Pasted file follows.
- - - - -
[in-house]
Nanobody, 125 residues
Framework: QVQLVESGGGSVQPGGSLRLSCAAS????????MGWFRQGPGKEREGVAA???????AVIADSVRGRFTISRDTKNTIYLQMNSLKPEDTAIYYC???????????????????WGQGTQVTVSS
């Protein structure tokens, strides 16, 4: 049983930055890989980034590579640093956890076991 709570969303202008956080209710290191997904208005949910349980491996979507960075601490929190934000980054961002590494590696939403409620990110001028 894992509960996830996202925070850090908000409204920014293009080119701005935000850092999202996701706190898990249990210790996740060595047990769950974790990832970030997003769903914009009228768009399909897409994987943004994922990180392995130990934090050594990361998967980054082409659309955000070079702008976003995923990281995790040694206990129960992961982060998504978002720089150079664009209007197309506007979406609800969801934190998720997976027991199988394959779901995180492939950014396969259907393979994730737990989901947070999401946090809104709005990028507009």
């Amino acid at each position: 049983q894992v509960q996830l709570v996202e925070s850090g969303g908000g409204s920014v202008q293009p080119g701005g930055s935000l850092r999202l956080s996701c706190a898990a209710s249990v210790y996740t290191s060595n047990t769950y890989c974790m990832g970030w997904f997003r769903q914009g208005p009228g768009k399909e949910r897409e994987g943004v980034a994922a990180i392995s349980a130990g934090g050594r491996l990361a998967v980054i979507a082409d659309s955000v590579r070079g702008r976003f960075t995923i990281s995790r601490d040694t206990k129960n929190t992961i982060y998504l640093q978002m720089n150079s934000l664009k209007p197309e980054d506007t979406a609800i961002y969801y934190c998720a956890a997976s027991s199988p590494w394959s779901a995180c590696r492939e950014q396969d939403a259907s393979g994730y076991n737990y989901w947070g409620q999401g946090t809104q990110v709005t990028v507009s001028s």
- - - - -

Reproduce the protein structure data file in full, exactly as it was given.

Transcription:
[in-house]
Nanobody, 125 residues
Framework: QVQLVESGGGSVQPGGSLRLSCAAS????????MGWFRQGPGKEREGVAA???????AVIADSVRGRFTISRDTKNTIYLQMNSLKPEDTAIYYC???????????????????WGQGTQVTVSS
């Protein structure tokens, strides 16, 4: 049983930055890989980034590579640093956890076991 709570969303202008956080209710290191997904208005949910349980491996979507960075601490929190934000980054961002590494590696939403409620990110001028 894992509960996830996202925070850090908000409204920014293009080119701005935000850092999202996701706190898990249990210790996740060595047990769950974790990832970030997003769903914009009228768009399909897409994987943004994922990180392995130990934090050594990361998967980054082409659309955000070079702008976003995923990281995790040694206990129960992961982060998504978002720089150079664009209007197309506007979406609800969801934190998720997976027991199988394959779901995180492939950014396969259907393979994730737990989901947070999401946090809104709005990028507009």
């Amino acid at each position: 049983q894992v509960q996830l709570v996202e925070s850090g969303g908000g409204s920014v202008q293009p080119g701005g930055s935000l850092r999202l956080s996701c706190a898990a209710s249990v210790y996740t290191s060595n047990t769950y890989c974790m990832g970030w997904f997003r769903q914009g208005p009228g768009k399909e949910r897409e994987g943004v980034a994922a990180i392995s349980a130990g934090g050594r491996l990361a998967v980054i979507a082409d659309s955000v590579r070079g702008r976003f960075t995923i990281s995790r601490d040694t206990k129960n929190t992961i982060y998504l640093q978002m720089n150079s934000l664009k209007p197309e980054d506007t979406a609800i961002y969801y934190c998720a956890a997976s027991s199988p590494w394959s779901a995180c590696r492939e950014q396969d939403a259907s393979g994730y076991n737990y989901w947070g409620q999401g946090t809104q990110v709005t990028v507009s001028s």